The Autistic Representation Database (ARD) indexes nearly 1,000 works of fiction, auto-biographical non-fiction, film, and television that feature autistic representations. Robert Rozema and I created the ARD with the purpose of compiling all works of art with autistic representation in one place. In my work on the ARD, I recognized a key pattern: a higher ratio of autistic authors are self-published in comparison to neurotypical authors writing about autism. Autistic authors may self-publish because of barriers in the traditional publishing industry; however, I assert it is because self-publishing allows them to portray autism how they desire. In this way, autistic self-publishing is a form of advocacy which manifests itself in two ways: first, implicit advocacy, which seeks to normalize autism; and second, explicit advocacy, which aims to confront and correct stereotypes. This article examines three representative self-published novels by autistic authors. Drawing on these works and the personal interviews I conducted, I analyze the implicit and explicit advocacy in the novels.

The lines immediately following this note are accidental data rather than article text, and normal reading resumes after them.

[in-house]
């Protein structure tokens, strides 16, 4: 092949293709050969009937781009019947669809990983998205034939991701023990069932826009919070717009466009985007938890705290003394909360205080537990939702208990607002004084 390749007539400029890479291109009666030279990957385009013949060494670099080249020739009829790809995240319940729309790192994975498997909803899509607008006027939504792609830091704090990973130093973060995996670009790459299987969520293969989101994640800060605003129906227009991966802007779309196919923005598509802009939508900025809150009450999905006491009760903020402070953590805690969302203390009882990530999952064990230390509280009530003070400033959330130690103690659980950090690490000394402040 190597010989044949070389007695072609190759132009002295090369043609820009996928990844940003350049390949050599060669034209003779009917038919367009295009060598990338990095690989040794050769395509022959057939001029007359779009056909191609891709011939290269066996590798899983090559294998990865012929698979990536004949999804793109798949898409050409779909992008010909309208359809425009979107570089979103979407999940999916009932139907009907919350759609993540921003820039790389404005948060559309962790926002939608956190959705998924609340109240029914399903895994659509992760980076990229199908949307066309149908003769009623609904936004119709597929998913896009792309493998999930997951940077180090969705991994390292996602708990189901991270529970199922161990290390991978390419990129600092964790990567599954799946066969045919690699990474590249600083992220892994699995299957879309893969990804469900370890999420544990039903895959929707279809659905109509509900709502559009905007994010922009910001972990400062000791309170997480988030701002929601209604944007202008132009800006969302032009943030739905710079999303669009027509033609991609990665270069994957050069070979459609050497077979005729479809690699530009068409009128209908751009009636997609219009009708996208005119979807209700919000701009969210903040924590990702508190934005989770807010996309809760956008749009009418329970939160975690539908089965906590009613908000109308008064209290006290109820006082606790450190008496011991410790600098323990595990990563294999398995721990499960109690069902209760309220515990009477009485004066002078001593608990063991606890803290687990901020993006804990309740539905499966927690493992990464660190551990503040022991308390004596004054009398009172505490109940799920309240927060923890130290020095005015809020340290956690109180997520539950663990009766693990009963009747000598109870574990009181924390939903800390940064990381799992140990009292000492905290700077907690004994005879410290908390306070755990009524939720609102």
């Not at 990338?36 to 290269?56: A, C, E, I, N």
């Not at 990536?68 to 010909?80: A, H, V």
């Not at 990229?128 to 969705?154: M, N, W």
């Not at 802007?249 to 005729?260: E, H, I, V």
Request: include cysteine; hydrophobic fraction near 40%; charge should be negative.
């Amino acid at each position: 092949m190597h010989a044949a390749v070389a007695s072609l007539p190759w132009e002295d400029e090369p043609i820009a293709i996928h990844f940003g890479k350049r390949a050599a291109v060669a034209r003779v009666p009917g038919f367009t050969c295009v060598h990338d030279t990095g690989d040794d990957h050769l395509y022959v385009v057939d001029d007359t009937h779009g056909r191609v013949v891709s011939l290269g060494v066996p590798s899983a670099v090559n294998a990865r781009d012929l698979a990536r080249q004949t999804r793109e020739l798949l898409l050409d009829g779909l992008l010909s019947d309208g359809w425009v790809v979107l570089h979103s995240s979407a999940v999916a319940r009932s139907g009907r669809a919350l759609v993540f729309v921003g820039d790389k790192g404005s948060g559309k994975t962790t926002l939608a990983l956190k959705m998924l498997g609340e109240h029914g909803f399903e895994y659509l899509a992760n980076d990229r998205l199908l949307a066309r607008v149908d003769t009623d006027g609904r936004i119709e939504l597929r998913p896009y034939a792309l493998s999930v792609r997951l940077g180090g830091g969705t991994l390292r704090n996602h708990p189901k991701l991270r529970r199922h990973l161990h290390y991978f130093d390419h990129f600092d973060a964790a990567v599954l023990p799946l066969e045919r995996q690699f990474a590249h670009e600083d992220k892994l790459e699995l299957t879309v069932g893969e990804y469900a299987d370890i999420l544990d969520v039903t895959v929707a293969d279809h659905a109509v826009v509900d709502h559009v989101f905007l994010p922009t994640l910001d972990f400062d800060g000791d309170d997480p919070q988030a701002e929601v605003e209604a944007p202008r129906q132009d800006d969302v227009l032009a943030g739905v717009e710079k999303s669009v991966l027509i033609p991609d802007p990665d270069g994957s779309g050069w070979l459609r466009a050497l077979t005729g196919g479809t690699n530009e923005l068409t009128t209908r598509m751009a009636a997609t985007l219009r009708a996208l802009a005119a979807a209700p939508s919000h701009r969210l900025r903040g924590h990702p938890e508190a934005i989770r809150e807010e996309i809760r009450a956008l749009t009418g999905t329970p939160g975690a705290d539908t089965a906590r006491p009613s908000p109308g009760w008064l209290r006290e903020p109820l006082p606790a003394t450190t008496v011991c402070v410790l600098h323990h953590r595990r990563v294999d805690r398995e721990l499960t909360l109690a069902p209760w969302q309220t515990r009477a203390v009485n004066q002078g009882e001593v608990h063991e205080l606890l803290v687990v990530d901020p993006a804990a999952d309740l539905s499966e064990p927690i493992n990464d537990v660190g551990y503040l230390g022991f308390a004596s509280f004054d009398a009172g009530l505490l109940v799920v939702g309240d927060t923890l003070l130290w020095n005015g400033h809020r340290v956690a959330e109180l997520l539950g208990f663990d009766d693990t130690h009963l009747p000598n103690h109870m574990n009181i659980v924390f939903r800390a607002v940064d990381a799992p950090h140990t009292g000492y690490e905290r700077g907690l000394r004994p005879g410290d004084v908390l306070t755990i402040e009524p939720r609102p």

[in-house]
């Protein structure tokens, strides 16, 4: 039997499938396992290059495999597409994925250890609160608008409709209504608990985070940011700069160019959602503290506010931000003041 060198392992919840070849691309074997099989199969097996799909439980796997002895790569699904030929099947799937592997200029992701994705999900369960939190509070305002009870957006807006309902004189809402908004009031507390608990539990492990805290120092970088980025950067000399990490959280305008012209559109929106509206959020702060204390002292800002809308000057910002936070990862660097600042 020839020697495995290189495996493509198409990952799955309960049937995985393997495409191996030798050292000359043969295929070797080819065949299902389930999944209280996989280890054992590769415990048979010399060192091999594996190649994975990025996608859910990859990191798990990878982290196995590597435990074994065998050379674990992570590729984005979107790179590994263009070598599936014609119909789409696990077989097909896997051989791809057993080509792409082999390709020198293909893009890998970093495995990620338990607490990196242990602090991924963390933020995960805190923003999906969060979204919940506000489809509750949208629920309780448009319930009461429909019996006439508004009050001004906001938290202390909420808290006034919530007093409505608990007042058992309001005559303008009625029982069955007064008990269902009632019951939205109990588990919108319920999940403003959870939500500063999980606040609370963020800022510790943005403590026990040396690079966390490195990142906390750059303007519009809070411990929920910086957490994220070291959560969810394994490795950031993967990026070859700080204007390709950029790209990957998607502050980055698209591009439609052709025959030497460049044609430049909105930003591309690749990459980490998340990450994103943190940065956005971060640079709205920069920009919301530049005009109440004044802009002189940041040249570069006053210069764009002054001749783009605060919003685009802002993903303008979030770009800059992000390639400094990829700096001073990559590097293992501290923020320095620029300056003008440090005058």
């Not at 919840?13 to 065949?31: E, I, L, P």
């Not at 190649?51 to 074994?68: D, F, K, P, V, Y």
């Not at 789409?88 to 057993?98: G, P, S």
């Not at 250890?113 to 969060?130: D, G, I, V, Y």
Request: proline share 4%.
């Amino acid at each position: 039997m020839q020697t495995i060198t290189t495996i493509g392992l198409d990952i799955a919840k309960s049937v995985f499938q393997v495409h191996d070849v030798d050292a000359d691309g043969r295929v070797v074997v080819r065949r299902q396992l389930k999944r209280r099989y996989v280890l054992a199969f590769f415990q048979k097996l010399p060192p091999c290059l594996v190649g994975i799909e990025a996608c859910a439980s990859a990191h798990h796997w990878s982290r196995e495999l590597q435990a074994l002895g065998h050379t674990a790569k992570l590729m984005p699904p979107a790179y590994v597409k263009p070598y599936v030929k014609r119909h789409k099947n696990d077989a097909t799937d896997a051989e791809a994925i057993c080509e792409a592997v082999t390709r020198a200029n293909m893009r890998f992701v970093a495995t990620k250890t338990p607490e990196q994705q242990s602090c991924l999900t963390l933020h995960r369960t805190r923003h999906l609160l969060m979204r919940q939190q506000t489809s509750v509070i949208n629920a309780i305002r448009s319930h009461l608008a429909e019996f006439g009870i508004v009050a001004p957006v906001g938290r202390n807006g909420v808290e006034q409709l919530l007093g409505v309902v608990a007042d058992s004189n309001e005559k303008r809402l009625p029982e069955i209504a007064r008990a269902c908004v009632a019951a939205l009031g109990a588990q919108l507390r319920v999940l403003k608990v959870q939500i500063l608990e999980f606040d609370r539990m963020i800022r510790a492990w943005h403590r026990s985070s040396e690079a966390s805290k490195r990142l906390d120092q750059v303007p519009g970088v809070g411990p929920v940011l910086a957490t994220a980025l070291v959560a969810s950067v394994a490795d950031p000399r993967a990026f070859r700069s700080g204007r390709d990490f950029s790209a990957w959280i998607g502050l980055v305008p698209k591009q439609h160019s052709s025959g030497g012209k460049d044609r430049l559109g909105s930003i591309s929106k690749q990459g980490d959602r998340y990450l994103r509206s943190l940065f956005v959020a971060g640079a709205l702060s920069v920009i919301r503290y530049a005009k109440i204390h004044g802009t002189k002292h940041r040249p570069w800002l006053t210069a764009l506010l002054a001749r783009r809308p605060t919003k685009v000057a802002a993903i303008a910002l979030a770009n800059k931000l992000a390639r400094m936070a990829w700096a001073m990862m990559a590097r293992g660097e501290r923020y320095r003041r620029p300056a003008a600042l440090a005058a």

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Nelson, Jennifer J.
"An Analysis of Self-published Novels by Autistic Authors as a Form of Advocacy,"
Ought: The Journal of Autistic Culture: Vol. 3:
2, Article 5.
Available at: https://scholarworks.gvsu.edu/ought/vol3/iss2/5